One room might have a Moderate encounter. The room behind it (maybe not even 60 ft away) might have a Severe encounter.

If the characters can't contain fights to their "assigned" rooms, things quickly spiral out of control.

If the characters talk, the enemies in the second room have time to come forward to reinforce the first room. If the enemies retreat, they automatically reinforce the second room.

PF2 is not a game where twice the enemies mean double the difficulty - it means quadruple the difficulty! The game isn't meant to handle more than Extreme encounters, and indeed, the AP doesn't even feature Extreme encounters at all so far.

To me it's clear that PF2 is a game where each room offers a self-contained battle that's supposed to start a.s.a.p. and end so quickly (most fights are over in 24 seconds or less) that other monsters simply don't react, even when fairly close by.

I'm guessing all of you touting this idea run home-made scenarios.


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Squiggit wrote:

IMO, don't think of it as an ability with no cost. Think of it as a benefit of rolling high on your initiative check. Beating your opponents in a check and getting a benefit for it isn't weird, it's the most basic rule of the system.

A game without delay on the other hand, is one where succeeding too well at your initiative check can, circumstances depending, be actively detrimental. The notion that you can be punished for rolling too well (by being made to waste a turn if circumstances prevent you from operating normally) is pretty at odds with the game's basic mechanics.

That doesn't really address fixing your problem, but I think that is kind of the 'why' behind delay.

Well, thanks, but it doesn't really explain why it wasn't deemed enough to ask the delaying player to simply skip his turn and act on his initiative the next turn.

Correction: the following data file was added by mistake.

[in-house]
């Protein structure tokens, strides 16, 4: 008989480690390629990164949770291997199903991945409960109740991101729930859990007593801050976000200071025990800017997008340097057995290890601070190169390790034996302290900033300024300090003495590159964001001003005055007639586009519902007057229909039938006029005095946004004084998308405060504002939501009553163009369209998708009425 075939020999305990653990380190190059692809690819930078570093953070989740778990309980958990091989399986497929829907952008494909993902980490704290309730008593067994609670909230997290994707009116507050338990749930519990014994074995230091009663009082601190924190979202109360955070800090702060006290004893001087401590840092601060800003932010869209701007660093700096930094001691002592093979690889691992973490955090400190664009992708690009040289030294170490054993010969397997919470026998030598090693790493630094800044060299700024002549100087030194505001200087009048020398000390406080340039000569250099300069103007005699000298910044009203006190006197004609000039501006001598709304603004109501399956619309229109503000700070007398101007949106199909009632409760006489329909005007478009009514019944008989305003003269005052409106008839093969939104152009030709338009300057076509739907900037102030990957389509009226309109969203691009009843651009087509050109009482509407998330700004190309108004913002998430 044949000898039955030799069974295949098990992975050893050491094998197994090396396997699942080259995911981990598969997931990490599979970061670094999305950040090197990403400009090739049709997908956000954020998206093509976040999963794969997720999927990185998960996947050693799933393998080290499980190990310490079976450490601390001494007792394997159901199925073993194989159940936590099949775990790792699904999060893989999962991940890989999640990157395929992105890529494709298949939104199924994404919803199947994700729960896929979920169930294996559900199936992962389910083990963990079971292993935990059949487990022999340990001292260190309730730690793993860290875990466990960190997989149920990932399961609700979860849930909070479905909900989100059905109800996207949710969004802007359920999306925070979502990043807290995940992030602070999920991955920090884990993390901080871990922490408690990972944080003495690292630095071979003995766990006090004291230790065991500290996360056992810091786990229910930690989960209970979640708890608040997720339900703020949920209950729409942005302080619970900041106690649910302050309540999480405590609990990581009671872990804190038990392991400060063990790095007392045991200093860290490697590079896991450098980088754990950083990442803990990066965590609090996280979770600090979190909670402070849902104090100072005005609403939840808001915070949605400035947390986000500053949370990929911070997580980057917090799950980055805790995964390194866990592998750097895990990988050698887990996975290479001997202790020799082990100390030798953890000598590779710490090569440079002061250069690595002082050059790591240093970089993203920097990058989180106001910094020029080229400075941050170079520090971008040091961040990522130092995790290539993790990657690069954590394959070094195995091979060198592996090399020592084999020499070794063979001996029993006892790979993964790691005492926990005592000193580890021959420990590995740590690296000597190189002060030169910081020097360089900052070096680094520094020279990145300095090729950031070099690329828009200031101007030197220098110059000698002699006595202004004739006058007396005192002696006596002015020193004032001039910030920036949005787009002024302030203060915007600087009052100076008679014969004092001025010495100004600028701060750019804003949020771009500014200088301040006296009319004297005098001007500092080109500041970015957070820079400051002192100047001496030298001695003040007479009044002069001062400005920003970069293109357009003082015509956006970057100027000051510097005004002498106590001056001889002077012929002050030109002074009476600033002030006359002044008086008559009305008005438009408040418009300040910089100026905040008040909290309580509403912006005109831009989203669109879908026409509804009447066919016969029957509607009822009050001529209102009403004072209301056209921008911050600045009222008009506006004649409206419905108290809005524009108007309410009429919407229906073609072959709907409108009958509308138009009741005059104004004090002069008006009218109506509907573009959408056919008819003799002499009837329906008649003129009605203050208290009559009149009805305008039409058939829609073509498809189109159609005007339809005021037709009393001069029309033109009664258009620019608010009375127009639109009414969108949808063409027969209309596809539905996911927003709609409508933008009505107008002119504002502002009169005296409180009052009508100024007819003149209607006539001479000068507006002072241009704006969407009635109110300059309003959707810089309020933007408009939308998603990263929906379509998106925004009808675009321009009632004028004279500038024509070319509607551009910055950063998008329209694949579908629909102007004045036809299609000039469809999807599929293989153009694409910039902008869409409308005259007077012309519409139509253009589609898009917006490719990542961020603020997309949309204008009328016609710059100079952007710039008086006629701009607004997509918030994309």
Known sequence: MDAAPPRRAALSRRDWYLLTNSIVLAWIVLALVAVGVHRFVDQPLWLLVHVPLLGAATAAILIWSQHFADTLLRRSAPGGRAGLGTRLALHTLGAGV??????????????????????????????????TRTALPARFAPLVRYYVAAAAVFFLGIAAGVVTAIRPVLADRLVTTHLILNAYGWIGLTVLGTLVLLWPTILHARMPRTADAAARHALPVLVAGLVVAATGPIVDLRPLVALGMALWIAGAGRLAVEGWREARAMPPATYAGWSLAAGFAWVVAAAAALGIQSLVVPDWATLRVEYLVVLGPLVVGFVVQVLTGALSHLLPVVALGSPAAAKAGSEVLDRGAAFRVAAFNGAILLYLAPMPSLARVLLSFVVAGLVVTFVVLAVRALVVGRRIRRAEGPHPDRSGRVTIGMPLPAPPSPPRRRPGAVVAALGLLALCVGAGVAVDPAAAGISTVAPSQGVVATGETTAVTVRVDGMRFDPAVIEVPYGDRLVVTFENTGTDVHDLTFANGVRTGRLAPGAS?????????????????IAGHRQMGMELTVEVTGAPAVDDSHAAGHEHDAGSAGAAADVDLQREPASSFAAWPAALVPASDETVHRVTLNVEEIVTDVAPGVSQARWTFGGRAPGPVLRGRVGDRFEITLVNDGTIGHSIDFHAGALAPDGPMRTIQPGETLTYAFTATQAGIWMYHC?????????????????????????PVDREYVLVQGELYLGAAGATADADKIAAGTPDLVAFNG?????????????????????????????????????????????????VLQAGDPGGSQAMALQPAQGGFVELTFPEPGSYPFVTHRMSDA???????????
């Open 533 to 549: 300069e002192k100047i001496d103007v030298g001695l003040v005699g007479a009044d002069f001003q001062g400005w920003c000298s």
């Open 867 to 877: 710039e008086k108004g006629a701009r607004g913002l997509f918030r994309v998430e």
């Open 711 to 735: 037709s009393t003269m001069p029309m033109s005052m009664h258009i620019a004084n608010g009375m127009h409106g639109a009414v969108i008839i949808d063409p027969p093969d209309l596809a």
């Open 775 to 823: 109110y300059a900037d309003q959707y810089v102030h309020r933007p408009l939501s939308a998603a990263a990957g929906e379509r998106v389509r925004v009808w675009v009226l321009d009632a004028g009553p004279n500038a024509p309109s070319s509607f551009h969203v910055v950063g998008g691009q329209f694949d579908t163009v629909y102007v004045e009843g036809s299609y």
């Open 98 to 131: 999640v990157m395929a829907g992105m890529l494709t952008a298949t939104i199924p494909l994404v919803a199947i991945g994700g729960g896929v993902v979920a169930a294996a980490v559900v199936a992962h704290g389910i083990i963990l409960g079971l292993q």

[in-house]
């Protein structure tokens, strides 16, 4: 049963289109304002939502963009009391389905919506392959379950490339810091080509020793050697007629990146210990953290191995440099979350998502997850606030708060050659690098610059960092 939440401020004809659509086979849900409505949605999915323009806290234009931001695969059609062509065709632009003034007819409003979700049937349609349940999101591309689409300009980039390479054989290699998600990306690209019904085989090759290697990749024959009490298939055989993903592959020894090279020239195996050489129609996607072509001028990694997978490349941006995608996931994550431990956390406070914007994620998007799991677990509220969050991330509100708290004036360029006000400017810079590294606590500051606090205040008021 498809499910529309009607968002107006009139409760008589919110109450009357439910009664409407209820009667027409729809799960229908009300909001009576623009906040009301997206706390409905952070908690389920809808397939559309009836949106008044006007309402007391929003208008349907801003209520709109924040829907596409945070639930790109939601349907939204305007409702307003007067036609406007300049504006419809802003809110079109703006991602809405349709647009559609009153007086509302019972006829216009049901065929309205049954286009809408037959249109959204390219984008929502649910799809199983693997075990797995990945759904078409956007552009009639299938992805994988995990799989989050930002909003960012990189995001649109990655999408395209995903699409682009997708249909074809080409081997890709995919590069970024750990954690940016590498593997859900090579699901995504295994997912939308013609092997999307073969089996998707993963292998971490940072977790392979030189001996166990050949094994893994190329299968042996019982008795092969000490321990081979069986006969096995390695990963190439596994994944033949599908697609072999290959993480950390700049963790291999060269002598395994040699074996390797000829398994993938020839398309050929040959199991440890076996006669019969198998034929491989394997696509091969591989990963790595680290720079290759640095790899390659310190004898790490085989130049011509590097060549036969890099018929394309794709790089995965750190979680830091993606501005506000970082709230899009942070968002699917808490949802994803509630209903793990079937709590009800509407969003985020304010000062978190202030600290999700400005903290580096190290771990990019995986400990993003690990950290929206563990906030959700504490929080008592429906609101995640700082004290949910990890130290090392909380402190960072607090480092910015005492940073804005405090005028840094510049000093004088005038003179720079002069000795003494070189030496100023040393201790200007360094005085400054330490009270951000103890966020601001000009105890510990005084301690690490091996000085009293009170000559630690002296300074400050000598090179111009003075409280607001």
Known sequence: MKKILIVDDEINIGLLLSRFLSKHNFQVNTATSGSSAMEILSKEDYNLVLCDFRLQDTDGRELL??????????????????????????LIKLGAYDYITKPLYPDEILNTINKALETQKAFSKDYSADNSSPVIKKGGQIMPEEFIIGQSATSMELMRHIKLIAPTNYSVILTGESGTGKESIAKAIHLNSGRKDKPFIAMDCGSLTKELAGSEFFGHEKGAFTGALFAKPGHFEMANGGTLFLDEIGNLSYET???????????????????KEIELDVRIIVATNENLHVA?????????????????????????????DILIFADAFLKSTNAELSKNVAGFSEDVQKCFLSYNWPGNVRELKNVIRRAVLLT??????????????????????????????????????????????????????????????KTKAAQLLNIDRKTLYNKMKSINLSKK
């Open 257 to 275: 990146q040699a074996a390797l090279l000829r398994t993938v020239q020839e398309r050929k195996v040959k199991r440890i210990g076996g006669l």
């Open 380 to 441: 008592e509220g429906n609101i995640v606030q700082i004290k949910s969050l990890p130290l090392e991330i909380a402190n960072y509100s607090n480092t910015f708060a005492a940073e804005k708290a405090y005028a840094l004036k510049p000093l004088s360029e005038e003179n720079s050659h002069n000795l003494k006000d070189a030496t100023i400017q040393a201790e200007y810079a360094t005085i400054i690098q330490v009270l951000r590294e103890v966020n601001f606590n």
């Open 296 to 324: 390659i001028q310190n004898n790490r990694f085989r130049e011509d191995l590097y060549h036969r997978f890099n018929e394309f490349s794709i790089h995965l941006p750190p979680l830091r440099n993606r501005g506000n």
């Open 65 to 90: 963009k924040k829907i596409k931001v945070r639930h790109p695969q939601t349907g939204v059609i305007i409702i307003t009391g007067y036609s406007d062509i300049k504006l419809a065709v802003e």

That accomplishes much of the same objectives with none of the costs.

After all, the thinking that "okay so I'm lowering my initiative from 21 to 11, but at least I'm not losing my turn this round" is only an illusion in a cyclic initiative game like PF2.

Whether you act on initiative 11 in round #1 or on initiative 21 in round #2 does not change the number of turns you get to make relative to the monster. You still go from acting before the monster to acting after it.


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dirtypool wrote:


Kidding aside, if you don't like Delay - but you do like "Ready" from 5e (as you've indicated) why don't you just add a trigger component to Delay to make it more like Ready. It allows you to have the thing you liked at your table and it discourages the thing you disliked and all you did was add the requirement of a trigger to exit the readied state and act.

I'll be honest: what I like about Delay is that it feels sufficiently constrained to be used only on special occasions. :)

I wonder why Paizo made Ready so constrained while making Delay so very open.

Why not remove Delay and open up Ready to allowing you to spend three actions to ready a two-action action (like casting a spell)?

After all, we've established that the main casualty of losing Delay would be spellcasters looking to time their spells.

But if Ready weren't actively caster-hostile (one action maximum), that would, I think, remove much of the pain of losing Delay.


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Zapp wrote:
Well, thanks, but it doesn't really explain why it wasn't deemed enough to ask the delaying player to simply skip his turn and act on his initiative the next turn.

It seems pretty self explanatory why asking someone to forfeit their turn doesn't feel particularly great.

Quote:
Whether you act on initiative 11 in round #1 or on initiative 21 in round #2 does not change the number of turns you get to make relative to the monster. You still go from acting before the monster to acting after it.

That's assuming the only choice you're making is whether to act before or after the monster. So, yeah, that's true in a one-on-one fight I guess.

But there's a pretty significant difference between the fighter choosing to delay until the end of the Wizard's turn so the Wizard can throw up a buff or debuff or cast an AoE without risking hitting the Fighter and the Fighter completely forfeiting their turn.


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Zapp wrote:

As I'm running an official AP (Extinction Curse) the "standoff" idea (where enemies talk, retreat or both) doesn't really work.

One room might have a Moderate encounter. The room behind it (maybe not even 60 ft away) might have a Severe encounter.

If the characters can't contain fights to their "assigned" rooms, things quickly spiral out of control.